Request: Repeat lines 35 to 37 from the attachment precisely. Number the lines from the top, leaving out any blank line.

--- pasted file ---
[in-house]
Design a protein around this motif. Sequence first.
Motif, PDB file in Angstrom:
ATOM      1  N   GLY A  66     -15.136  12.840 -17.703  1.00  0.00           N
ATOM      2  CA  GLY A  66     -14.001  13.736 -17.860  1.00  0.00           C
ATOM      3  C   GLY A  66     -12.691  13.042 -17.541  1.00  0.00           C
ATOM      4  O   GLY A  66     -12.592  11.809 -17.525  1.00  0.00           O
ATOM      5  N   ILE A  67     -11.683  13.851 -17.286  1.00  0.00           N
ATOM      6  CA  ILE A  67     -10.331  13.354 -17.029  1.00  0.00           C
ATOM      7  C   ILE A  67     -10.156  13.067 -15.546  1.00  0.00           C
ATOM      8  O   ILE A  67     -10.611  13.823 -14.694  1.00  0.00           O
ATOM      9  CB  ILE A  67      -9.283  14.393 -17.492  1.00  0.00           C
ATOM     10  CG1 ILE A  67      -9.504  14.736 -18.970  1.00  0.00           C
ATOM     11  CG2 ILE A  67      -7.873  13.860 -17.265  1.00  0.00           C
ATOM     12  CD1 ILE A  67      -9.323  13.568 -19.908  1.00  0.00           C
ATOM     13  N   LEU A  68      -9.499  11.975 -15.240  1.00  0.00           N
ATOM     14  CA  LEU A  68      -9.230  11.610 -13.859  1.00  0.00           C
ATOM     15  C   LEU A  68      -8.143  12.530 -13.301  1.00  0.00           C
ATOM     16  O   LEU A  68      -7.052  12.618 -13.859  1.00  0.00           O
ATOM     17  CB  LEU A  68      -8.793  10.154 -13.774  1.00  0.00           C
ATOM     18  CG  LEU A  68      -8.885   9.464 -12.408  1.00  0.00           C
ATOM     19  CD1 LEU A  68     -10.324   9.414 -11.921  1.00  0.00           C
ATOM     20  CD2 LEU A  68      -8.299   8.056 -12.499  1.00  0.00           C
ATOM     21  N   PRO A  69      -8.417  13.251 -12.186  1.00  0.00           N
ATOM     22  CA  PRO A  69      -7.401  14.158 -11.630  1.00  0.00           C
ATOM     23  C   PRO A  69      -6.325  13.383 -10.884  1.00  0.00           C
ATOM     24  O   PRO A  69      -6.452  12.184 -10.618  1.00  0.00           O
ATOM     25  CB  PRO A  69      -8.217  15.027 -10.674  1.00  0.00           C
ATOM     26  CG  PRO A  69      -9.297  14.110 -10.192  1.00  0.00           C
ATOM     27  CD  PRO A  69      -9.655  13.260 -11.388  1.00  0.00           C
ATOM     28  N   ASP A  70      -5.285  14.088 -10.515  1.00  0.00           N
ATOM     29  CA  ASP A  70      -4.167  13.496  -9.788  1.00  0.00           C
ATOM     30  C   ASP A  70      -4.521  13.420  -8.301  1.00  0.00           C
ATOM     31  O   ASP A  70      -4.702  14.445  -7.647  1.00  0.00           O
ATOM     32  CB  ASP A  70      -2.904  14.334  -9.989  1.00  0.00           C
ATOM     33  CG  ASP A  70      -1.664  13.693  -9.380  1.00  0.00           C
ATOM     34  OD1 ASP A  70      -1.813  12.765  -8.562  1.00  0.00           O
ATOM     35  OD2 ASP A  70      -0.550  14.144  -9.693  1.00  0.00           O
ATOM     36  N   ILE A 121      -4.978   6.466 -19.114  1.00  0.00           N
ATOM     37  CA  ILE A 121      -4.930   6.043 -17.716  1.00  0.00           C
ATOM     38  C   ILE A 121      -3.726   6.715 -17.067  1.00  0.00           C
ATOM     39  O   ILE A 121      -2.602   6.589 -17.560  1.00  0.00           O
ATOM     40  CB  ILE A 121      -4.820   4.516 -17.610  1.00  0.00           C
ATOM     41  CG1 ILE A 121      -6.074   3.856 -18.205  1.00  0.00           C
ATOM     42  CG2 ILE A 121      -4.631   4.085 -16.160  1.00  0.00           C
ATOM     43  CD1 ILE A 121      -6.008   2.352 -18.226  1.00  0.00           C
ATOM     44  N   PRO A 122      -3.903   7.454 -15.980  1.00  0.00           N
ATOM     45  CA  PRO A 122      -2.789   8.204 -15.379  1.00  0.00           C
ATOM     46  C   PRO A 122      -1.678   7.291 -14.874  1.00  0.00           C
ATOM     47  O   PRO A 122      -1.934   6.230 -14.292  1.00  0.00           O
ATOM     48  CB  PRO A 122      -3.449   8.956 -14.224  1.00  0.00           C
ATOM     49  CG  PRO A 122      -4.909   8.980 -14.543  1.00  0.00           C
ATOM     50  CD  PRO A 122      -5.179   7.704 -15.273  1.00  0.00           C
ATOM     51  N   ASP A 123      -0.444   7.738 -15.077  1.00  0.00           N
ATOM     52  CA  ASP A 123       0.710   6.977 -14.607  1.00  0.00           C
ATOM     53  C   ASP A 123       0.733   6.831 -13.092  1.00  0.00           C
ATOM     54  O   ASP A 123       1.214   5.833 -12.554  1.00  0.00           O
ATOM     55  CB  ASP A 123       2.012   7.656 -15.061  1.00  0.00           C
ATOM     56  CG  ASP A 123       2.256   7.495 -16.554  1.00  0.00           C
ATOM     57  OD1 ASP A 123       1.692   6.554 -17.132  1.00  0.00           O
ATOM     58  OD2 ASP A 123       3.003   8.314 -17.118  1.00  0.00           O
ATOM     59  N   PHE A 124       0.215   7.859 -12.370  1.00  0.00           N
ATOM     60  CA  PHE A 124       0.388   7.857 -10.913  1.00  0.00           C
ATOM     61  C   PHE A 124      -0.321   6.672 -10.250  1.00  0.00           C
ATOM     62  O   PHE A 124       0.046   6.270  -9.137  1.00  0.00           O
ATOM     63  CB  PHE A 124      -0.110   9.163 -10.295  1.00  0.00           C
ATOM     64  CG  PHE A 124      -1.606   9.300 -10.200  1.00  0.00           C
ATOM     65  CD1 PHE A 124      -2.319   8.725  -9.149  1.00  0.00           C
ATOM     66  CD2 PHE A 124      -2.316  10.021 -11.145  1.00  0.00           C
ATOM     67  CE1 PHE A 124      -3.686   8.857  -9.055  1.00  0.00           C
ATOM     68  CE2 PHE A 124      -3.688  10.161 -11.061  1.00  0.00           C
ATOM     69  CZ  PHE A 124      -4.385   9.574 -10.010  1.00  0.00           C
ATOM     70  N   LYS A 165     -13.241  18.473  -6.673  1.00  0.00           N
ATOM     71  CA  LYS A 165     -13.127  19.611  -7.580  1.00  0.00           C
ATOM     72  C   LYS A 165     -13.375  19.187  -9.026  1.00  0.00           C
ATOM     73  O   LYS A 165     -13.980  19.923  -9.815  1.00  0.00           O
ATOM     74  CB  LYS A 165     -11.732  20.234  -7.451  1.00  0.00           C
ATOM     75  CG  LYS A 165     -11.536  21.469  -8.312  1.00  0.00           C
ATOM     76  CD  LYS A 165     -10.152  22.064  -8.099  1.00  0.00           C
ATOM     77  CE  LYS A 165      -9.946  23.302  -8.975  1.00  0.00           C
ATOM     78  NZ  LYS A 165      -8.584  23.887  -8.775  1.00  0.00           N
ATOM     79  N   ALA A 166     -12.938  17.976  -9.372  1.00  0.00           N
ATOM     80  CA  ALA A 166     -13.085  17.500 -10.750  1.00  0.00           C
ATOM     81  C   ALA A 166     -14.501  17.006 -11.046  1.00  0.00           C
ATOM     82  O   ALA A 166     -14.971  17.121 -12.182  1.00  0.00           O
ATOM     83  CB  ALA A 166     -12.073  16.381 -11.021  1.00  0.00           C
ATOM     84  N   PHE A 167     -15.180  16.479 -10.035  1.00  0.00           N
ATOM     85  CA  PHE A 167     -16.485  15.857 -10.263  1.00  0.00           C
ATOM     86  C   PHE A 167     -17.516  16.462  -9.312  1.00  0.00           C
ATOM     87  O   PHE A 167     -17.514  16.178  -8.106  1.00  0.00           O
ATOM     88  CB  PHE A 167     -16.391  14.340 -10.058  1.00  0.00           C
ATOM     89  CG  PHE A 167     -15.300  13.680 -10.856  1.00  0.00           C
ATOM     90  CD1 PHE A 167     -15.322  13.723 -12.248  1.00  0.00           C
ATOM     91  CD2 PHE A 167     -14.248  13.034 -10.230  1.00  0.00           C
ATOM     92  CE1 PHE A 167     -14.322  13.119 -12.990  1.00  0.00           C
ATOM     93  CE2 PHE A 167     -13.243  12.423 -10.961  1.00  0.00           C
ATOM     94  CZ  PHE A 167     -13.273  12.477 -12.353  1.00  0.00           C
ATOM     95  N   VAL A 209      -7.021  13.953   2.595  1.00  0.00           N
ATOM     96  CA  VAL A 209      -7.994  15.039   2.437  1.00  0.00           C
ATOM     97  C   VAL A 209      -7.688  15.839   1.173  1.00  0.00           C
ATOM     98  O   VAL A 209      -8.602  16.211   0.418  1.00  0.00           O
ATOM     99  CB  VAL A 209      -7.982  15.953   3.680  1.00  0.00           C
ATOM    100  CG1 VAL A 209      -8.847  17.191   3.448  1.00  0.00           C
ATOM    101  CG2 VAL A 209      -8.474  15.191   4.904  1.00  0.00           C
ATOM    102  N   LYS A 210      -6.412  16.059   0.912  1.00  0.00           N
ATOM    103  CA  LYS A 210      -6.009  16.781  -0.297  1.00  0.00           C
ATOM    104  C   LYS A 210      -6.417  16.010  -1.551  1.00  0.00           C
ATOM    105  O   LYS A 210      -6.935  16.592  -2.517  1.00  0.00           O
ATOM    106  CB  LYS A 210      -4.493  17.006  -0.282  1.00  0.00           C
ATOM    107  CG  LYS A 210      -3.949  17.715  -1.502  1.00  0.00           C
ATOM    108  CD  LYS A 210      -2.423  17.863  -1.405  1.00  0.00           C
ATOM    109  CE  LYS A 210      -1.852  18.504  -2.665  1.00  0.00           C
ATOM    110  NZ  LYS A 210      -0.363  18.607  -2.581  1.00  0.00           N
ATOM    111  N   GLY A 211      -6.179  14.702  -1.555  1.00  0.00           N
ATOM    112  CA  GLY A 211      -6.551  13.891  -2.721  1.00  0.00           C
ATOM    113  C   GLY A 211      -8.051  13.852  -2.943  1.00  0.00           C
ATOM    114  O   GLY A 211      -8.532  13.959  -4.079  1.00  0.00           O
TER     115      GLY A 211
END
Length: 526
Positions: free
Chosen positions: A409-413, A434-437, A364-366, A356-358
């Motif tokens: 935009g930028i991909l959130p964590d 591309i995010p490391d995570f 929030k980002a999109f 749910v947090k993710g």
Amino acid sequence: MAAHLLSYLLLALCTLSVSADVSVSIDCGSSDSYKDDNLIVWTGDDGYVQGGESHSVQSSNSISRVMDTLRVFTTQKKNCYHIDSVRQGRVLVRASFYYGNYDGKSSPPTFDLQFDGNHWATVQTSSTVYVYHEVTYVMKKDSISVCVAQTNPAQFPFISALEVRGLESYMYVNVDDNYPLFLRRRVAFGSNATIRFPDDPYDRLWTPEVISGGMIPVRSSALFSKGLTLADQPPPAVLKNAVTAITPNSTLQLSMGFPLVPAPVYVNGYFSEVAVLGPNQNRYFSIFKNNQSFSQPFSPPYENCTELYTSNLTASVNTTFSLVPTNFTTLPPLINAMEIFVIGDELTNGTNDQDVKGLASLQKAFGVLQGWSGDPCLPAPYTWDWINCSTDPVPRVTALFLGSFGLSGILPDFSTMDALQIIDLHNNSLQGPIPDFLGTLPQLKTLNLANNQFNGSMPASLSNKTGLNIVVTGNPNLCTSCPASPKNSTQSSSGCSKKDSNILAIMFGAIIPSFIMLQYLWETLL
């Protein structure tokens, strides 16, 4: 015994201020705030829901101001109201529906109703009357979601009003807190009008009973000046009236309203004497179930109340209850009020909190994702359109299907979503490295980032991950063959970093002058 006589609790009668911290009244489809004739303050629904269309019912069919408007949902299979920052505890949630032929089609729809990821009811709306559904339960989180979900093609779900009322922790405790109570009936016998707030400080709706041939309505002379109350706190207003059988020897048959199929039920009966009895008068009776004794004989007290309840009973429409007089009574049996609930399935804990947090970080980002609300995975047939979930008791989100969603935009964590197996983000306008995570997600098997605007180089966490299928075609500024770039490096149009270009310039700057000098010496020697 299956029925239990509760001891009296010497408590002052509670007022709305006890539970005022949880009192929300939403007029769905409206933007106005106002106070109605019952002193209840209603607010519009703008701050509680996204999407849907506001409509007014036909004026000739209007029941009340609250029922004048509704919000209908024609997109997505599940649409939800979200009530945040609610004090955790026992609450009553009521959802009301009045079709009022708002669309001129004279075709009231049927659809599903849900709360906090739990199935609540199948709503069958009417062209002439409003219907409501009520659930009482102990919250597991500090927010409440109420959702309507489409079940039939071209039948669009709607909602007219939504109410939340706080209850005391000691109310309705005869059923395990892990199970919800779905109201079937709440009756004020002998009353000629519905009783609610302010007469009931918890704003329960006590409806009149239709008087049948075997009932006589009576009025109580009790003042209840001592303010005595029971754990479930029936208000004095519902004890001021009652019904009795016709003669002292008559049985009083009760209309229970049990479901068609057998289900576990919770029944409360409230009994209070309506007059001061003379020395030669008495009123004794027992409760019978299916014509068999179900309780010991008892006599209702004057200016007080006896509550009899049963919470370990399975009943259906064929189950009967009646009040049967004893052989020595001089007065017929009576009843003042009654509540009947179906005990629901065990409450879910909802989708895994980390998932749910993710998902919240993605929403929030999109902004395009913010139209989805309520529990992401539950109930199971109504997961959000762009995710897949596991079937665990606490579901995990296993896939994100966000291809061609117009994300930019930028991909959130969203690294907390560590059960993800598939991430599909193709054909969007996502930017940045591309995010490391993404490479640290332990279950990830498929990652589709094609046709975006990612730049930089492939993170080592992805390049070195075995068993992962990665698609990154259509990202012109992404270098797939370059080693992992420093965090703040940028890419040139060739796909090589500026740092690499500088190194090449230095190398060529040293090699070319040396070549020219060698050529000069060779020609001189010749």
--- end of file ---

ATOM     32  CB  ASP A  70      -2.904  14.334  -9.989  1.00  0.00           C
ATOM     33  CG  ASP A  70      -1.664  13.693  -9.380  1.00  0.00           C
ATOM     34  OD1 ASP A  70      -1.813  12.765  -8.562  1.00  0.00           O